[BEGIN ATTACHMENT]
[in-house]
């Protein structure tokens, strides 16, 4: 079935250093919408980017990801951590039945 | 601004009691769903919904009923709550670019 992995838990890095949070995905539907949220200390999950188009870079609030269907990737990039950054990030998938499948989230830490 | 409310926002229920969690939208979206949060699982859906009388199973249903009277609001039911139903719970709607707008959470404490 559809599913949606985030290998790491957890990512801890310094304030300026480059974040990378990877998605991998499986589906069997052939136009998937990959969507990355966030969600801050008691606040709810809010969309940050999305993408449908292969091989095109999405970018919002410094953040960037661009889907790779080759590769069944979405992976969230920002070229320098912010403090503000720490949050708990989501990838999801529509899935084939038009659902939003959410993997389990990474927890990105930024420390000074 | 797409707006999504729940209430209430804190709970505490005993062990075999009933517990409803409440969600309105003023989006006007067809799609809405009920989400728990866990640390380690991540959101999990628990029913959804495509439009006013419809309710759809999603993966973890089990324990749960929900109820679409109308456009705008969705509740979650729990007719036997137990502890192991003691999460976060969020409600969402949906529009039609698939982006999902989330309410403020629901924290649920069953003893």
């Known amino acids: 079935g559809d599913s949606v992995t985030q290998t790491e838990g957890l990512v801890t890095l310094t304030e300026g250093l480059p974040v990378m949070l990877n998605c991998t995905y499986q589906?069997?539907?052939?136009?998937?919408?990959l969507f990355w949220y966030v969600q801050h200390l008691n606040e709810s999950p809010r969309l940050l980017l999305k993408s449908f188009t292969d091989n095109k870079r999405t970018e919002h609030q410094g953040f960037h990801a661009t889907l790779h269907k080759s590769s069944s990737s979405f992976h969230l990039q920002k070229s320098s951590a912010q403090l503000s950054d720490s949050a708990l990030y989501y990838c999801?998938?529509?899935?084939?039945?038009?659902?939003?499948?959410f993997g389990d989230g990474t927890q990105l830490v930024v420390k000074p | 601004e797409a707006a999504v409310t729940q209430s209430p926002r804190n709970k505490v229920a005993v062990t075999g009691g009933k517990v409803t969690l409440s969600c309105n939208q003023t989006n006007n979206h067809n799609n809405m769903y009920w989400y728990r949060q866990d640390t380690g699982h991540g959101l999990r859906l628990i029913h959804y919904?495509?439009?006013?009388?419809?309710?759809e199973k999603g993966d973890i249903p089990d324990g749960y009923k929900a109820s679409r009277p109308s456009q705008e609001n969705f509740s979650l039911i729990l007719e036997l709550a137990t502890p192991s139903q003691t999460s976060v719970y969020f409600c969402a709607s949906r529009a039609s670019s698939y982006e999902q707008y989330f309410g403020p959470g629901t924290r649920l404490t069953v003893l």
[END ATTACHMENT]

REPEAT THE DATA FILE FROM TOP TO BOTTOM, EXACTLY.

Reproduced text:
[in-house]
């Protein structure tokens, strides 16, 4: 079935250093919408980017990801951590039945 | 601004009691769903919904009923709550670019 992995838990890095949070995905539907949220200390999950188009870079609030269907990737990039950054990030998938499948989230830490 | 409310926002229920969690939208979206949060699982859906009388199973249903009277609001039911139903719970709607707008959470404490 559809599913949606985030290998790491957890990512801890310094304030300026480059974040990378990877998605991998499986589906069997052939136009998937990959969507990355966030969600801050008691606040709810809010969309940050999305993408449908292969091989095109999405970018919002410094953040960037661009889907790779080759590769069944979405992976969230920002070229320098912010403090503000720490949050708990989501990838999801529509899935084939038009659902939003959410993997389990990474927890990105930024420390000074 | 797409707006999504729940209430209430804190709970505490005993062990075999009933517990409803409440969600309105003023989006006007067809799609809405009920989400728990866990640390380690991540959101999990628990029913959804495509439009006013419809309710759809999603993966973890089990324990749960929900109820679409109308456009705008969705509740979650729990007719036997137990502890192991003691999460976060969020409600969402949906529009039609698939982006999902989330309410403020629901924290649920069953003893």
């Known amino acids: 079935g559809d599913s949606v992995t985030q290998t790491e838990g957890l990512v801890t890095l310094t304030e300026g250093l480059p974040v990378m949070l990877n998605c991998t995905y499986q589906?069997?539907?052939?136009?998937?919408?990959l969507f990355w949220y966030v969600q801050h200390l008691n606040e709810s999950p809010r969309l940050l980017l999305k993408s449908f188009t292969d091989n095109k870079r999405t970018e919002h609030q410094g953040f960037h990801a661009t889907l790779h269907k080759s590769s069944s990737s979405f992976h969230l990039q920002k070229s320098s951590a912010q403090l503000s950054d720490s949050a708990l990030y989501y990838c999801?998938?529509?899935?084939?039945?038009?659902?939003?499948?959410f993997g389990d989230g990474t927890q990105l830490v930024v420390k000074p | 601004e797409a707006a999504v409310t729940q209430s209430p926002r804190n709970k505490v229920a005993v062990t075999g009691g009933k517990v409803t969690l409440s969600c309105n939208q003023t989006n006007n979206h067809n799609n809405m769903y009920w989400y728990r949060q866990d640390t380690g699982h991540g959101l999990r859906l628990i029913h959804y919904?495509?439009?006013?009388?419809?309710?759809e199973k999603g993966d973890i249903p089990d324990g749960y009923k929900a109820s679409r009277p109308s456009q705008e609001n969705f509740s979650l039911i729990l007719e036997l709550a137990t502890p192991s139903q003691t999460s976060v719970y969020f409600c969402a709607s949906r529009a039609s670019s698939y982006e999902q707008y989330f309410g403020p959470g629901t924290r649920l404490t069953v003893l």